The State of PlayStation Coverage at DualShockers
Where is our review of PS5, and what does it have to do with PlayStation? DualShockers discusses the oft-ignored topic of media access.
Update: Hey all — over a year later, and we are within striking distance of next gen and the future of PlayStation. As you might expect from this article, we also are not in the tranche of gaming outlets that have received a PS5. While we can’t say for sure why this continues to be an area of conflict between us and the Sony PR team, we want to acknowledge it and remind our audience exactly what the problem is.
Here’s some insight about the situation:
— DualShockers (@DualShockers) October 23, 2020
With that said, keep your eyes on DualShockers for a full review of the consumer-builds of the launch lineup and PS5 hardware, free from any burdens of pre-release embargo rushes or unseen launch issues.
Original story follows:
Good morning all, and Happy Thursday! This is Lou Contaldi, friendly neighborhood Editor in Chief over at DualShockers. Many of you all are undoubtedly keeping your eyes peeled for Days Gone reviews that should surface within the next hour — we are too. Unfortunately, you won’t be finding pre-release review coverage for Days Gone at DualShockers, and we’d like to offer a quick explanation and glimpse into our relationship with PlayStation.
We’ve had a few discussions in the past about the transparency of DualShockers and content creation — we want to be upfront with our readers in our successes, flaws, accomplishments, and shortcomings. This includes our move to using affiliate links (and the transparency that comes with it), our stance on editorial freedom, and freely requesting help in shaping the future of website design. We are as much a part of the DualShockers community as we are content creators here (many of us starting off as readers ourselves) and think that honesty is the best policy.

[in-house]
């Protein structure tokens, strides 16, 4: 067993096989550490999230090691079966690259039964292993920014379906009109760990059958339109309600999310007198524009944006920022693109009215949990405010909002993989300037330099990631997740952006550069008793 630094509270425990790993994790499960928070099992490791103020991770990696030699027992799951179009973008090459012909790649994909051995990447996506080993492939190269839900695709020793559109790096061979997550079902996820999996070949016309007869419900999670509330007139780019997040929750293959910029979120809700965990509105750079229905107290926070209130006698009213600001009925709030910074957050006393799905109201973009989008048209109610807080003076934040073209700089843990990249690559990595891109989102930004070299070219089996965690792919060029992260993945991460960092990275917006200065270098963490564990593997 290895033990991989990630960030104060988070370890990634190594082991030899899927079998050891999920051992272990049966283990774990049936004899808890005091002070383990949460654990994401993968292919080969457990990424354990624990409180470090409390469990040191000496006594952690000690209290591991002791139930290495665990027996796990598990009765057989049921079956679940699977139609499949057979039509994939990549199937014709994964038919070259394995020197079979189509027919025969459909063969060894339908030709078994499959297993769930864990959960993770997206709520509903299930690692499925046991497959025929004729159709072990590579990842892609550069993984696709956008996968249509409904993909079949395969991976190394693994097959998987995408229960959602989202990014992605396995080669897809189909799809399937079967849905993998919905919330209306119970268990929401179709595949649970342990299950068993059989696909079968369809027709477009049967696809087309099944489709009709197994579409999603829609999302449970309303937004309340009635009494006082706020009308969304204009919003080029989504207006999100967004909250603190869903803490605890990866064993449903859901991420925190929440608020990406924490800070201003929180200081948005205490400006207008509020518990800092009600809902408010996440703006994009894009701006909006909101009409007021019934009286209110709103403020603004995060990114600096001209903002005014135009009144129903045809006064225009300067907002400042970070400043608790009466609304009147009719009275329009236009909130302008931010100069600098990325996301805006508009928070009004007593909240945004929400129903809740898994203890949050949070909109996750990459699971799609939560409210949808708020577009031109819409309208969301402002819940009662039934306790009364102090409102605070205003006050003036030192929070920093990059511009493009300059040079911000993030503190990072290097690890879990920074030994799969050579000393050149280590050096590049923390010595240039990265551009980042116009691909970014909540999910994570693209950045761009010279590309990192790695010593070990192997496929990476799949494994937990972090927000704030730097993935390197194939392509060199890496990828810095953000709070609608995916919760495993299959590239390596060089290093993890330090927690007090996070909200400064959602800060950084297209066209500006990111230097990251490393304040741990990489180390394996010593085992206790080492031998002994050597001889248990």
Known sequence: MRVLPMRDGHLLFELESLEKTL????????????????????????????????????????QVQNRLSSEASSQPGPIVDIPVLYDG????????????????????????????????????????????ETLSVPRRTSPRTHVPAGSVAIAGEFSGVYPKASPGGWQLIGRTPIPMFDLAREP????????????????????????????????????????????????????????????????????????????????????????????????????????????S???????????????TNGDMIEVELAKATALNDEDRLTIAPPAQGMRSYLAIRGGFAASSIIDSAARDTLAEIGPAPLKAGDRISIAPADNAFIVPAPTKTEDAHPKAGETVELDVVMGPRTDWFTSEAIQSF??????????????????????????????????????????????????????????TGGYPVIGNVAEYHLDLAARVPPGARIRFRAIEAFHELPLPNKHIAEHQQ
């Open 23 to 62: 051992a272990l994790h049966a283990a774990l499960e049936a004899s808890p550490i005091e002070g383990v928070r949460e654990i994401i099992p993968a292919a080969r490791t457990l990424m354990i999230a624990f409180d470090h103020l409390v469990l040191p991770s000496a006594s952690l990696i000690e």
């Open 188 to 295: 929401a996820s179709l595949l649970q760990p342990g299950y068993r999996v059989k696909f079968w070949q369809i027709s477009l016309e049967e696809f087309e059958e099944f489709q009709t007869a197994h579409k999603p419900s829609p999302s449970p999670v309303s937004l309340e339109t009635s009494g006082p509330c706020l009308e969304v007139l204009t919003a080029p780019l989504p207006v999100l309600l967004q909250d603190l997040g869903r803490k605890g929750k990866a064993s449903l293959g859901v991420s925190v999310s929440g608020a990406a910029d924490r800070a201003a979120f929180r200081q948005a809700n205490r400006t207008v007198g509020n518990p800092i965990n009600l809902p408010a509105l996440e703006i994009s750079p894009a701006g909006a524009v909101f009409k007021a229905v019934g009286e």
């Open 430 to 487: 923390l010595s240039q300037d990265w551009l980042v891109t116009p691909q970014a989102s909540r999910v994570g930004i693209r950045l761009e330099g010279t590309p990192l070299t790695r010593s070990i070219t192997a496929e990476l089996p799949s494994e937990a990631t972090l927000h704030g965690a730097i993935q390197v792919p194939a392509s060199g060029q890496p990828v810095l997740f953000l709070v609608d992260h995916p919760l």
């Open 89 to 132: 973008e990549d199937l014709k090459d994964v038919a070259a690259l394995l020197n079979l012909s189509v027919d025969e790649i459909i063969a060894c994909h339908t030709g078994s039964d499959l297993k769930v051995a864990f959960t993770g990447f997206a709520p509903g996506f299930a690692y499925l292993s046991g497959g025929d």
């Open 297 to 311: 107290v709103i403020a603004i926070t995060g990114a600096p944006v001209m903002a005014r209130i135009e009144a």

Many readers and third-party partners alike have been asking about our review and preview coverage on PlayStation titles. With a name like DualShockers, we obviously attract a hefty PlayStation following — even though we definitely cater to all consoles in the market — and pride ourselves on often exhaustive coverage of upcoming PlayStation-exclusive titles like Death Stranding, The Last of Us: Part II or Persona 5 The Royal. So it’s almost natural that a lot of community members and friends have been asking where our preview coverage is. Especially when other outlets get hands-on time with Days Gone or MLB: The Show 19.
The Main Points
In full transparency, you likely won’t be seeing any pre-release preview or review coverage for Sony published games at DualShockers. (Sorry!) That is, not unless something majorly changes in our existing relationship with PlayStation, and this isn’t anything new.
“…you likely won’t be seeing any pre-release preview or review coverage for Sony published games at DualShockers.”
The good news: this isn’t going to shift our current depth and breadth of PlayStation coverage. For the better part of a decade DualShockers has maintained limited (if any) access to PlayStation events and titles.
We aren’t changing how we have been operating day-to-day and we will be reviewing both Days Gone and future PlayStation published titles as soon as they release commercially. However, we hope this will definitively answer past, present, and future questions from our community and partners on why Sony-published reviews, previews, and interviews come so far after standard press embargoes.
Why Discuss PlayStation Access Now?
This is perhaps an unusual message from DualShockers. We normally dodge industry talk that dive into the politics of games press. Also, we don’t intend to make these open-air addresses for all games that we don’t get in the future. However, given how many of our readers come to DualShockers for our PlayStation news coverage and how many questions we tend to get on this, the Editorial Board believe that quick clarification is necessary. Hopefully, it will even cut the rumors that we are on PlayStation’s payroll. [Narrator’s voice: We aren’t.]